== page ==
that to protect them from the air conditioner and so that we can stay cool. Then the backyard, we have a
six foot block wall around it. One of my male Rottweilers jumps up on it and hooks his elbows over it, and he surveys the neighborhood. So to keep him from going over it, we’ve got 18 inches more wrought iron on top of the fence to make it safe for him and to make it safe for my
neighbors and their kids also. Rottweilers don’t do
very well in the heat. They have a dog room when they’re loose, and it has an access to the backyard, so they can take care of their business, but basically, they’re in the house. Everybody wants 13 acres of property so the dogs can run, but we just need a bigger house because they live in the house. We feed premium dog
food and raw meat also. They get two cups of kibble a day, two eight ounce measuring cups, not coffee cups, and one cup of raw meat. We feed beef, pork, chicken, anything that we can find
cheap at the market and grind. I have a grinder, and we
grind it for the dogs. Rottweilers are terrible at overeating. They can get fat. That’s why you hear the stories of the 200 pound Rottweiler. He’s not a healthy Rottweiler. He just has been fed everything he wants, and he weighs 200 pounds. To maintain the weight on my dogs, they eat two cups of kibble and one cup of meat a day, and they’re fed one time a day. They’re fed at night because
if I feed them in the morning, we do most of our dog showing and our exercise stuff
early in the morning, and I don’t want the dogs doing that on a full stomach because of bloat. And bloat happens from
overeating and exercising after eating along with
other genetic problems that cause it too, but by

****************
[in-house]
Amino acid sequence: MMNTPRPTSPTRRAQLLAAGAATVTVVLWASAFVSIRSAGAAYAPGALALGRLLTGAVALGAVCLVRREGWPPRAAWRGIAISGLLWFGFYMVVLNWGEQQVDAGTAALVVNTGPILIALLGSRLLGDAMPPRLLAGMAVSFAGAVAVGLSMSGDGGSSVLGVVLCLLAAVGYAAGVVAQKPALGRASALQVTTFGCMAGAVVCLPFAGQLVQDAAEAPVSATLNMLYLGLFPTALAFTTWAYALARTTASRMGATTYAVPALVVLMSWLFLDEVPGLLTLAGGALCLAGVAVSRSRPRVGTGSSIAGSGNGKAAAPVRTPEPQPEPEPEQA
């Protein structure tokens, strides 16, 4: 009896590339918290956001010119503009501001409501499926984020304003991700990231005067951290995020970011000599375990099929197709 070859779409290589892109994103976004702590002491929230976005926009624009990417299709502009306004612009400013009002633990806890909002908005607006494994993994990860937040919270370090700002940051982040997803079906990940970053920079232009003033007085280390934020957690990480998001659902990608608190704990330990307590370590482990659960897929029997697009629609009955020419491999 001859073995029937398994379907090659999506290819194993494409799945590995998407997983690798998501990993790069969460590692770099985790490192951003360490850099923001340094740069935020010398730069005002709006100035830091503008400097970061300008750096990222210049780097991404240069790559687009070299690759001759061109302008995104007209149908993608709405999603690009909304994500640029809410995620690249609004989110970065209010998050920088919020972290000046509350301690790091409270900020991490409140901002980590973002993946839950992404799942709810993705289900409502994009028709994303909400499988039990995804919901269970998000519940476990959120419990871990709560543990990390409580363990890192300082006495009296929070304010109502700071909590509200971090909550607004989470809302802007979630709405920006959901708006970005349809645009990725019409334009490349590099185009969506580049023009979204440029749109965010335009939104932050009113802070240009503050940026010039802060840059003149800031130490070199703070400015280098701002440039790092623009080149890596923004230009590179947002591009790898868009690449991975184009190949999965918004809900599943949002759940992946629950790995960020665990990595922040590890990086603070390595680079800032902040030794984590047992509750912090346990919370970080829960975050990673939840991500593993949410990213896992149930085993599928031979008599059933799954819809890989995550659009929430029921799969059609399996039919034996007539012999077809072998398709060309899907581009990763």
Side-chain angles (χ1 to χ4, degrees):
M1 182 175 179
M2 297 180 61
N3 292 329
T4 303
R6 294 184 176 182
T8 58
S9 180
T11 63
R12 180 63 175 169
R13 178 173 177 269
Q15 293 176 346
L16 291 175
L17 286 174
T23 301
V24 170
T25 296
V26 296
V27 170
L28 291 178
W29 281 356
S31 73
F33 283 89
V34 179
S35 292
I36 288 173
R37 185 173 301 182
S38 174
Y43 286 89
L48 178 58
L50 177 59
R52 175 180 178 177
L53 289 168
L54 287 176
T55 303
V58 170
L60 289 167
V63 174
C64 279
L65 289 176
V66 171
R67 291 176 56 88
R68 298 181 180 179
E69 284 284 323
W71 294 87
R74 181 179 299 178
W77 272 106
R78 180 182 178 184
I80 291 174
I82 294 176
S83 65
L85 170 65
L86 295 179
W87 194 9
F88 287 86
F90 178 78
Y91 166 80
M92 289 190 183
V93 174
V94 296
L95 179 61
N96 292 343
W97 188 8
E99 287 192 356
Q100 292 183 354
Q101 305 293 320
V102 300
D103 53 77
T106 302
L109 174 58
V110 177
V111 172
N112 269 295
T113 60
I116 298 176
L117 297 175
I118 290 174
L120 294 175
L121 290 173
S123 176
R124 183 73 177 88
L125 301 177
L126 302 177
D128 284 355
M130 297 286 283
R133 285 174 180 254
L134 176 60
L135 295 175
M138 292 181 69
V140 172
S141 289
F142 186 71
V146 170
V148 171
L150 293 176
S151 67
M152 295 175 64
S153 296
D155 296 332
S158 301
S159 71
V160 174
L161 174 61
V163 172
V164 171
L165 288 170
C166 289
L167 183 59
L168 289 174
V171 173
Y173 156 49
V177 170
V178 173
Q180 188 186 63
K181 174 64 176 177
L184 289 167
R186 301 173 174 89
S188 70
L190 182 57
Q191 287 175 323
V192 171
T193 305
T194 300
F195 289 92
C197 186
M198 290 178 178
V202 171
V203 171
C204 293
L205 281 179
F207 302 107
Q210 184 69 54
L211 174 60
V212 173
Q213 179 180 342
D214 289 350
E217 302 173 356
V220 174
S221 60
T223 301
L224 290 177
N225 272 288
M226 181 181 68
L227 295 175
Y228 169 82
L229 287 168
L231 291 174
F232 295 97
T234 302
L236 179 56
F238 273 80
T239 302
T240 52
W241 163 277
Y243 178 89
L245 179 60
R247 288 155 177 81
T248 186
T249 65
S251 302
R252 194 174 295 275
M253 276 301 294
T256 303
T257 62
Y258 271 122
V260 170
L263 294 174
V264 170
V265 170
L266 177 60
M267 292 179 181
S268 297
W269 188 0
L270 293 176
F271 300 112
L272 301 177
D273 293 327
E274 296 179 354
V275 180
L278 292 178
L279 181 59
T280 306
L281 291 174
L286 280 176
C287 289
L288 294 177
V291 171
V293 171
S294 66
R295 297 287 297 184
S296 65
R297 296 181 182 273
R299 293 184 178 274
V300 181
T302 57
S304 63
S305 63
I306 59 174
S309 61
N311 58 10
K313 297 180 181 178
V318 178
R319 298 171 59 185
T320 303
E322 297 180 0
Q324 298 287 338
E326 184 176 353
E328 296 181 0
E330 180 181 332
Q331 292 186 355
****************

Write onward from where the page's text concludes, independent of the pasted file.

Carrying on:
feeding our dogs in the evening, they eat and then they’re read
to go to bed shortly after, and we’ve had them for 30 years and never had a bloat
problem by doing it that way. We not only feed our dogs a
grain free premium dog food and raw meat, but for our treats, we use Evolve. It’s a grain free, corn free, soy free, with the number one
ingredient real chicken. We use it for treats when we’re training and for rewards when they do what we want them to do. (rooster crowing) Usually they get up around
seven in the morning, and 10, 10:30 at night is bedtime. And they all have a separate
crate, their separate area. And they’re crated at night to keep them from getting in trouble and to protect them from
chewing up stuff in the house. With big dogs, you have
to make accommodations for them in the house. We don’t have a coffee table because if anything gets
set on the coffee table, it gets knocked off. Lamps, we don’t have expensive lamps because they bump the table, and everything crashes. The TV’s bolted down because
if they run into the table, they knock the TV off. You make accommodations for it. We have a dog room. The only thing that’s in it is the freezer that we keep their meat in, and there’s no furniture in there because they do eat furniture. They do tear up the pads. We’ve had them break the